The Green Glass Sea by Ellen Klages. 10+ My review. "Set in Los Alamos, New Mexico, during World War II, THE GREEN GLASS SEA tells the story of two young girls--Dewey and Suze--whose parents work for the government on a top-secret project called Project Manhattan. Told that they are working on the gadget that will end the war, the children are confused by their new surroundings but soon become accustomed to its strangeness."
Milkweed by Jerry Spinelli. 10+ My review. "Milkweed is a wonderful fictional account of the Holocaust. Set in Warsaw, Poland, our narrator is at first a nameless thief--a thief without a past, a family, or a name. Adopted by sorts by a gang of thieves--who steal to survive--he makes his way into the world. As he learns from the world around them, from his gang, from the people he encounters, he learns a few things. One, it is never a ‘good’ thing to be a Jew. It is dangerous if people think you’re a Jew. You get beaten up. You get killed. So his friends--one friend in particular, named Uri--makes up a story for this homeless boy. He’s a gypsy--being a gypsy is slightly safer than being a Jew--but not much. His created identity is Misha Pilsudski. But that is only one of the names he’ll wear throughout his life. Misha (formerly Stopthief) as the war progresses becomes a skilled smuggler who goes back and forth between the Jewish ghettos and the city. It’s a dangerous lifestyle. But these are dangerous times. Can anyone really be safe? In this harsh novel, our narrator learns some of the cruelties of life along with some of the small joys and pleasures. He learns to create and mold his own identity from the wreckage."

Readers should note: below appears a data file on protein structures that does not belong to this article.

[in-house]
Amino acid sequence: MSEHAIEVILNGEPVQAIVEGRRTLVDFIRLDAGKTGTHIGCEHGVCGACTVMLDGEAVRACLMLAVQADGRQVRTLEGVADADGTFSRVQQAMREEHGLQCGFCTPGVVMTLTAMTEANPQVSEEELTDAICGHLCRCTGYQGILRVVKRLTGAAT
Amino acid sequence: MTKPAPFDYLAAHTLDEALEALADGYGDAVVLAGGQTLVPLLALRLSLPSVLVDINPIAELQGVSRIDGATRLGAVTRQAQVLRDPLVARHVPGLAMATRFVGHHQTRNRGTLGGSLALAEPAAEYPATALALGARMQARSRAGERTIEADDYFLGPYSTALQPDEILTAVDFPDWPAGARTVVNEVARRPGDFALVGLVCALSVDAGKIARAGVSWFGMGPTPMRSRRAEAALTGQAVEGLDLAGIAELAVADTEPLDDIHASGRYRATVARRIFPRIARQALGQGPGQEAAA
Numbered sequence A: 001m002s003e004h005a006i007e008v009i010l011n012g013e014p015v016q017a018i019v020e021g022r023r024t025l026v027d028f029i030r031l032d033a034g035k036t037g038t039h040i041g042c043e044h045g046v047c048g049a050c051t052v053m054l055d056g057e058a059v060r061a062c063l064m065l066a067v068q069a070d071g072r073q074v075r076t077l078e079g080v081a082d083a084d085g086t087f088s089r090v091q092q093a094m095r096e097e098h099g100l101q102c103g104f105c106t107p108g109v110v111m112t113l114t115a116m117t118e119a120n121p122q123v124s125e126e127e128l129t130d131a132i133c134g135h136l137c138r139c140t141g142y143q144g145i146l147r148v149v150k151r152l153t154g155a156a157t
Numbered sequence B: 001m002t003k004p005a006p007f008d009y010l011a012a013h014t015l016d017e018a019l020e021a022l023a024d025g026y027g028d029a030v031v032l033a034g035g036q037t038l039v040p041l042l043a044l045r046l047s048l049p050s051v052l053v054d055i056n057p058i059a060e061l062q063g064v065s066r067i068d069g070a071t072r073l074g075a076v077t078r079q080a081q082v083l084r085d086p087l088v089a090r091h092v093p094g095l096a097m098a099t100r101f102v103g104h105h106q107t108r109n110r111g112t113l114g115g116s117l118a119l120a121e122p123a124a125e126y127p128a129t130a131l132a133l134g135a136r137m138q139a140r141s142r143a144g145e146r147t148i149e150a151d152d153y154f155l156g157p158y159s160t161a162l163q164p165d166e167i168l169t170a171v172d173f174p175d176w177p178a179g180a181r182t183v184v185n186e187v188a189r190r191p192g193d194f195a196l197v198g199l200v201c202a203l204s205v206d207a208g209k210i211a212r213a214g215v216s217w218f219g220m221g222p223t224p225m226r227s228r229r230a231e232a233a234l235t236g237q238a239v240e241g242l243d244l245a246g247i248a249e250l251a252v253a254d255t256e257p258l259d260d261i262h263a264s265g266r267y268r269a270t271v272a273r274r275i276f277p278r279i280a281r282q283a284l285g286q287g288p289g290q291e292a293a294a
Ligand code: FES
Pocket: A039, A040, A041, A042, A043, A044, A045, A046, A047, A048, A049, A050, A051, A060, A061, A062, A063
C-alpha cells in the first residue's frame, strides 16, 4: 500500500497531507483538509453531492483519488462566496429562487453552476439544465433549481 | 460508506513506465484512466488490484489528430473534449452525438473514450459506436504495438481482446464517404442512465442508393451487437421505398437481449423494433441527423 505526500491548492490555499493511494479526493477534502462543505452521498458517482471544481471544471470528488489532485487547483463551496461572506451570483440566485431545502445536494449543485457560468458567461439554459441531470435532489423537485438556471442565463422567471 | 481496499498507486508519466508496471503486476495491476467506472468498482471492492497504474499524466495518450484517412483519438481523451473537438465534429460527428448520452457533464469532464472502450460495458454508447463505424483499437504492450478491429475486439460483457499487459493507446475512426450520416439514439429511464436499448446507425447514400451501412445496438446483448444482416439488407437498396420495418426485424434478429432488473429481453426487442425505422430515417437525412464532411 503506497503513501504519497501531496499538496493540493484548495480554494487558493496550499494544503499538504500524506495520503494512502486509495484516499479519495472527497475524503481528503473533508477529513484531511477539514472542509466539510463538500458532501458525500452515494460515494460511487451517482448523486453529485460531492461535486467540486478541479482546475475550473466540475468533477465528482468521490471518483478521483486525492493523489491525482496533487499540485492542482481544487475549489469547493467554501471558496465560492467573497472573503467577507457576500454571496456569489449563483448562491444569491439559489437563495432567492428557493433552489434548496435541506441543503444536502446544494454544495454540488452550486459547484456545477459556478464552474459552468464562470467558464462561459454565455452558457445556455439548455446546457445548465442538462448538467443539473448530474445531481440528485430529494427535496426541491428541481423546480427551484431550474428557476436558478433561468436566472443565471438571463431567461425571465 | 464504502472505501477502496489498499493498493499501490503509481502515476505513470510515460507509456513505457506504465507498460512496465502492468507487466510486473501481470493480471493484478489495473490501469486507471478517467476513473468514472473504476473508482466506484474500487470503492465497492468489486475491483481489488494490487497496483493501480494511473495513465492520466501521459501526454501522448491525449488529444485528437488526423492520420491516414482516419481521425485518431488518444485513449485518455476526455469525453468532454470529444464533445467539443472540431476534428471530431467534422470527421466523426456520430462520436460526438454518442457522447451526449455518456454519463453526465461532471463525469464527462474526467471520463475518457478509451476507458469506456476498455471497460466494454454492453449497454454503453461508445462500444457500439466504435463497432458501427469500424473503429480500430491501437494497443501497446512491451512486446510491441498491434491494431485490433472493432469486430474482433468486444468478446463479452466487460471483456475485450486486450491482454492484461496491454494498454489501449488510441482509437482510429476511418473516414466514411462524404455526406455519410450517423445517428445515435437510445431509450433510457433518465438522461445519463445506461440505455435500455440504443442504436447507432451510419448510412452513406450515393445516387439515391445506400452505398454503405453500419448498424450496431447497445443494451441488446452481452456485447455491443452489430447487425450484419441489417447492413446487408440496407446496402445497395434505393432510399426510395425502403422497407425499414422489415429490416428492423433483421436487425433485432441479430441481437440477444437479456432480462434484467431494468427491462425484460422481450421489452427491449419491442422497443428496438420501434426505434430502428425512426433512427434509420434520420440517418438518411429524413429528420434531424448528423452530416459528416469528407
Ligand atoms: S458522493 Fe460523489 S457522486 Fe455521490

Climbing the Stairs by Padma Venkatraman. 12+ My review. "Set in India during the early years of World War II, Climbing the Stairs is narrated by a charming young woman, 15, Vidya, who dreams of nothing more than going to college and continuing her education. She has an older brother, Kitta, a best friend, Rifka. When the novel begins, Vidya seems to have everything she wants within her grasp. Her parents have agreed that she won't be put on the marriage market quite yet unlike her cousin, Malati. And on a special father-daughter bonding trip, her father even agrees that she should go to college. And then....and then tragedy strikes."
On The Wings of Heroes by Richard Peck. 9+ My review. "Richard Peck is an amazing writer of historical fiction. And ON THE WINGS OF HEROES is nostalgia at its best. Set during the early forties, in the days before and after the bombing of Pearl Harbor, it captures the life of an American family in a small town."
Jimmy's Stars by Mary Ann Rodman. 9+ My review. "Jimmy's Stars is the story of a family on the homefront in World War II. Ellie, our heroine, is a young girl, only eleven, when her brother Jimmy is sent to war."
Don't Talk to Me About the War by David A. Adler. 9+ My review. "Don't Talk To Me About the War spans the time of May of 1940 through (in the epilogue at least) December 1941."
© Becky Laney of Becky's Book Reviews